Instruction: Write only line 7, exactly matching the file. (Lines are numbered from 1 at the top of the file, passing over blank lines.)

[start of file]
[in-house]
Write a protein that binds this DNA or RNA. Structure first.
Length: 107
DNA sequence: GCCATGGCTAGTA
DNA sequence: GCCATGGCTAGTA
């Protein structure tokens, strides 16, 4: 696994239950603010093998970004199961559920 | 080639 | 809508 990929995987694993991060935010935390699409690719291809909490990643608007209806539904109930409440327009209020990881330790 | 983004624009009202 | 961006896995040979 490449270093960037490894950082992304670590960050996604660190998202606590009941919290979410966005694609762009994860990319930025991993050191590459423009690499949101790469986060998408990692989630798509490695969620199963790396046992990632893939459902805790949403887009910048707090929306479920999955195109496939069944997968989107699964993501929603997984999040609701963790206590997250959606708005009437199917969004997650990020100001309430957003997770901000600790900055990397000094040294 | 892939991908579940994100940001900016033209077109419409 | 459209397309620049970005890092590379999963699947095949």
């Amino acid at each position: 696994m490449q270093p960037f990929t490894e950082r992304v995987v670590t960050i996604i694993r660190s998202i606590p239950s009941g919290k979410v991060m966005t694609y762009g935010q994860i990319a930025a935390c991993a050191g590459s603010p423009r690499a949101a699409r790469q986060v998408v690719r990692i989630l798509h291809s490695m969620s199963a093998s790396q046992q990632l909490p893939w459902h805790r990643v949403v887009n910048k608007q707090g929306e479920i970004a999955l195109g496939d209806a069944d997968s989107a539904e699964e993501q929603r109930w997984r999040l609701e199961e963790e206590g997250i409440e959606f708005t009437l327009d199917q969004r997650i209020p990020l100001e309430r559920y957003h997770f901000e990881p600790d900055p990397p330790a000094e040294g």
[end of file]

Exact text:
């Amino acid at each position: 696994m490449q270093p960037f990929t490894e950082r992304v995987v670590t960050i996604i694993r660190s998202i606590p239950s009941g919290k979410v991060m966005t694609y762009g935010q994860i990319a930025a935390c991993a050191g590459s603010p423009r690499a949101a699409r790469q986060v998408v690719r990692i989630l798509h291809s490695m969620s199963a093998s790396q046992q990632l909490p893939w459902h805790r990643v949403v887009n910048k608007q707090g929306e479920i970004a999955l195109g496939d209806a069944d997968s989107a539904e699964e993501q929603r109930w997984r999040l609701e199961e963790e206590g997250i409440e959606f708005t009437l327009d199917q969004r997650i209020p990020l100001e309430r559920y957003h997770f901000e990881p600790d900055p990397p330790a000094e040294g």